It ramped up in that slow news time between Christmas and New Year. Melbourne sweltered through a series of hot days. The cricket was on, the tennis about to start. But for the journalists of the Herald Sun there was one story so pressing it had to be written again and again: homeless people were taking over Melbourne and ruining the festive season for everyone. The News Corp team crossed the river from Southbank and got to work.
There was a certain narrative as to how the story developed. First the paper reported that the homelessness crisis was out of hand, a blight on the city and that the Melbourne City Council had failed and was weak on the issue.
What followed was a campaign to demonise the homeless. Firstly features were run along with interviews and photos that took the approach that the people outside Flinders Street Station were not real homeless people but opportunistic backpackers or travelers from interstate camping out on Melbourne streets to save money.
Claims were made that some of these so-called “homeless” were making $500 dollars a day begging. The paper said the high visibility of where they slept was designed take advantage of the best begging positions to trap the unsuspecting tourists in town for the cricket and tennis.
Then the drug use was played up. “Shocking” pictures revealed homeless people smoking bongs and drinking. The interviews focused on the money they made begging to spend on drugs and alcohol. Evidence was produced in the form of Salvation Army Major Brendan Nottle saying half the homeless were not really homeless, but people who came into town just to beg, take drugs, and hang out.
The comments sections of these articles went wild. They repeated over and over the homeless should be evicted, locked up or hosed down with high-pressure fire-fighting equipment to get rid of them.
To be fair the Herald Sun did run one piece that detailed the writer’s experiences spending three days and nights on the streets of Melbourne with no money. The journalist was also identified as a “former drug addict”, just so readers would know where he was coming from. He concluded that the people on the streets of Melbourne had nowhere to go and that support services were inadequate.
But the respite didn’t last long. Columnist Rita Panahi penned a piece comparing the homeless people at Flinders street station to a “cesspit” and worse than a New Delhi Slum.
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If you have ever been to New Delhi slum, this is a bit of a long bow to stretch, given there are millions of impoverished people in Delhi slums compared to, as the Herald Sun reported today, between eight and 15 outside Flinders Street station.
The campaign though was having an effect. Melbourne Lord Mayor Robert Doyle appeared to cave in on his previous stance that it was not illegal to be homeless in Melbourne. First he authorised the cleanout of homeless people along the Yarra River (where the Herald Sun had breathlessly reported homeless people with tents and a portable gas stove). But this move only led to more people going to Flinders Street, where the real media circus began.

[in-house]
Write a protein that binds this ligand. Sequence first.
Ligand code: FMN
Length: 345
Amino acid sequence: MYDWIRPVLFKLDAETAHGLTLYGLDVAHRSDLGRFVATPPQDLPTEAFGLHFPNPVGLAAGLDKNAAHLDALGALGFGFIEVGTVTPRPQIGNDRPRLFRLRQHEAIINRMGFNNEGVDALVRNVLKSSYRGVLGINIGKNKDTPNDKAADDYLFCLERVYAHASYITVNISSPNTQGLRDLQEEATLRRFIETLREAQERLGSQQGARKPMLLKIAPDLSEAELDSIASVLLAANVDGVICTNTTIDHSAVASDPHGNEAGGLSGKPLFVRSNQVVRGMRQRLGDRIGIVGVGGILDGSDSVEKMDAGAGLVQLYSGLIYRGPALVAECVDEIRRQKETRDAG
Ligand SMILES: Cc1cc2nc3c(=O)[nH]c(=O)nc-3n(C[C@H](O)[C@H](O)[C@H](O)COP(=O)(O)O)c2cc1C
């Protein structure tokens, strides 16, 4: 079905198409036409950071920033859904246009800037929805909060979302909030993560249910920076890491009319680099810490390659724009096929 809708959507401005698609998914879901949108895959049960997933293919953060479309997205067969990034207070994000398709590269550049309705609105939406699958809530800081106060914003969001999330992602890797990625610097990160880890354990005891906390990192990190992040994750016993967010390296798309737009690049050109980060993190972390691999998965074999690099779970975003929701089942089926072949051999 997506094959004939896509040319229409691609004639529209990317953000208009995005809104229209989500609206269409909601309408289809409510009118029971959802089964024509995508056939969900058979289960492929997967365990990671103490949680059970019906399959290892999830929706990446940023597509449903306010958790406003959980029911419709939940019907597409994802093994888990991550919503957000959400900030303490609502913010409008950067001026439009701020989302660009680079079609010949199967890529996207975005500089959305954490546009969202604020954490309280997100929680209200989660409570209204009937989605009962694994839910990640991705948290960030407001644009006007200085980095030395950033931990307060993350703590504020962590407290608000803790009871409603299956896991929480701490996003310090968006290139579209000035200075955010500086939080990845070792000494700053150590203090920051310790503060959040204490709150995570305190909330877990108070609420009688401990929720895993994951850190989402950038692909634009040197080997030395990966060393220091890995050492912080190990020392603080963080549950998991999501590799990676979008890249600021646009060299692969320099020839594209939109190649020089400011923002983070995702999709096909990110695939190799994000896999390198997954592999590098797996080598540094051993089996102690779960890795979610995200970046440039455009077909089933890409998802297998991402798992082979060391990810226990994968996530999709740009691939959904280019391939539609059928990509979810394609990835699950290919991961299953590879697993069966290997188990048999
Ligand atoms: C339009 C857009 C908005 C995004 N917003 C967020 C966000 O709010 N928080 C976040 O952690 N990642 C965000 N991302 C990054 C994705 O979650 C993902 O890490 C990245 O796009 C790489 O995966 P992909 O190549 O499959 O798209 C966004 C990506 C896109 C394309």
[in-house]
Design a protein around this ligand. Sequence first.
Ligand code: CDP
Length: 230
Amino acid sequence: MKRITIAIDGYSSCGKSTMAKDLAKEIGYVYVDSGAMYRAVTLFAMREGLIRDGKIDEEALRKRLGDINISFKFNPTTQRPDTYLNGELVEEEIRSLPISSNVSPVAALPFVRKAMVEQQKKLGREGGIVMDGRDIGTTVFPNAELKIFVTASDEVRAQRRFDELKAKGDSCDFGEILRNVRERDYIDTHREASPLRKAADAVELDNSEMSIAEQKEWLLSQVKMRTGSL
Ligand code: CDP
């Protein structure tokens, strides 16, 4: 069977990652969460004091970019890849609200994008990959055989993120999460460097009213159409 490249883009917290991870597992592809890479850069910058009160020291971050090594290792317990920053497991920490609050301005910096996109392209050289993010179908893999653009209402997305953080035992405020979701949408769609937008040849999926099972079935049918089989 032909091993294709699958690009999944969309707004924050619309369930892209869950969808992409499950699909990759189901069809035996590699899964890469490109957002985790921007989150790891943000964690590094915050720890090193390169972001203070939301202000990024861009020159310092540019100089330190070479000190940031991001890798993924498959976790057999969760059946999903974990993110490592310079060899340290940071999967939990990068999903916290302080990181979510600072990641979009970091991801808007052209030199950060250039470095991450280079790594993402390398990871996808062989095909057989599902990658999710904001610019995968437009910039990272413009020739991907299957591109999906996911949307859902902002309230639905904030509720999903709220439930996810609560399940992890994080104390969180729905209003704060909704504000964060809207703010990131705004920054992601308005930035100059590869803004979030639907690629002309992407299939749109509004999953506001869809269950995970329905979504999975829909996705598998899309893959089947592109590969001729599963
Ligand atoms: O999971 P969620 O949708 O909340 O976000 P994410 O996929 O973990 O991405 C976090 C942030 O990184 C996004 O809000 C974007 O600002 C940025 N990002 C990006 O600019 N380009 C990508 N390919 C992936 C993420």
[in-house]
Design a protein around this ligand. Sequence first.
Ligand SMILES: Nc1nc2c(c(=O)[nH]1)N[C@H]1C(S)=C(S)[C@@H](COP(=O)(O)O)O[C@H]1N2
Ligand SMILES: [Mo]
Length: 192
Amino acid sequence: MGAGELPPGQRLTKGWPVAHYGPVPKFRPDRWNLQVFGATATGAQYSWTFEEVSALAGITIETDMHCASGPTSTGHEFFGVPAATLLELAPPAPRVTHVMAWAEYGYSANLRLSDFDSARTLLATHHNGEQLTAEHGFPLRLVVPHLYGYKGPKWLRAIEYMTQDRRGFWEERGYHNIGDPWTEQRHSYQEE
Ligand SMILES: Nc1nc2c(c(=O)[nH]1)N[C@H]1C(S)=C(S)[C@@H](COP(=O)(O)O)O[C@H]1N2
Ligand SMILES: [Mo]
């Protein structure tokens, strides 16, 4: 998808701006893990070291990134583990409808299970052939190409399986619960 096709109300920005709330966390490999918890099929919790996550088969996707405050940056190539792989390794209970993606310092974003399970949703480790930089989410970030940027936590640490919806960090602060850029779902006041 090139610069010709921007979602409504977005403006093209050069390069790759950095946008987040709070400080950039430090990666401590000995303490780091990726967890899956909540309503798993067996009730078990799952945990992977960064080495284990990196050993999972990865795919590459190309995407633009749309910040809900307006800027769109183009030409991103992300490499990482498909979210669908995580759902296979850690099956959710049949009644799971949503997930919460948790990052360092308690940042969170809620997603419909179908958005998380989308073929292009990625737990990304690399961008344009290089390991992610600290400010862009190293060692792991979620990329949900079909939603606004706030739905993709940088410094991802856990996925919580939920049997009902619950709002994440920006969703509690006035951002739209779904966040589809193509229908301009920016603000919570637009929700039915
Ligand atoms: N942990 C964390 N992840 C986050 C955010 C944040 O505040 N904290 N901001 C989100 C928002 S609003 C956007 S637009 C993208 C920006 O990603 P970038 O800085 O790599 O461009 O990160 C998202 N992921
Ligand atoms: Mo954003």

Other outlets started covering the situation, and then it became ideological. Both Seven and Sky News looped footage of a buff, deaf former boxer and a homeless woman yelling at TV journalists to leave them alone. The Herald Sun of course dispatched journalists to record the minutia of the daily life of the small group of homeless people who remained.
Meanwhile the Lord Mayor called a meeting of homeless support groups and hardened his rhetoric on the so-called “crisis”. The ABC chimed in subtly by re-running a very interesting BBC feature on News Radio that covered the solution to homelessness in US and Canadian cities by giving them homes.
An editorial in The Age on Tuesday this week pretty much tried to say enough is enough:
It is disingenuous and lightweight to righteously rant about symptoms, rather than do the hard work that goes with solving problems by redressing actual causes. But such is the pathetic populism emanating from some ideological media outlets and some community leaders in response to the increasingly evident problem of homelessness in Melbourne.
The editorial concluded, in a clear swipe at the Herald Sun:
“Blaming victims — that resort of scoundrels and charlatans — is ignorant and absurd.”
With the battle lines drawn, how did the Herald Sun respond? “A day at the Flinders street homeless camp”. Photos show a man drinking out of a paper bag at 9am. Then the same man having a bong. A man with an open can of bourbon and Coke is taken away by police after they throw the can in the bin. The climax of the story is that same man returning from the police station in “little more than two hours”. He opens another can of bourbon and promptly has a nap on the pavement without touching the bourbon. The article details how the number of people at the station has “doubled” from eight to 15 in the past week. And the comments? Hose them down, clear them out, make them work, don’t give them support, dregs, bludgers, scavengers, criminals, the usual stuff. Meanwhile Doyle is reported to be suggesting new bylaws to increase the powers for police to move on people sleeping on the street in Melbourne. His position has hardened in the face of the relentless tabloid coverage. But as The Age pointed out in headline last week, “Homeless in Melbourne: Where, pray tell lord mayor, do you suggest they go?“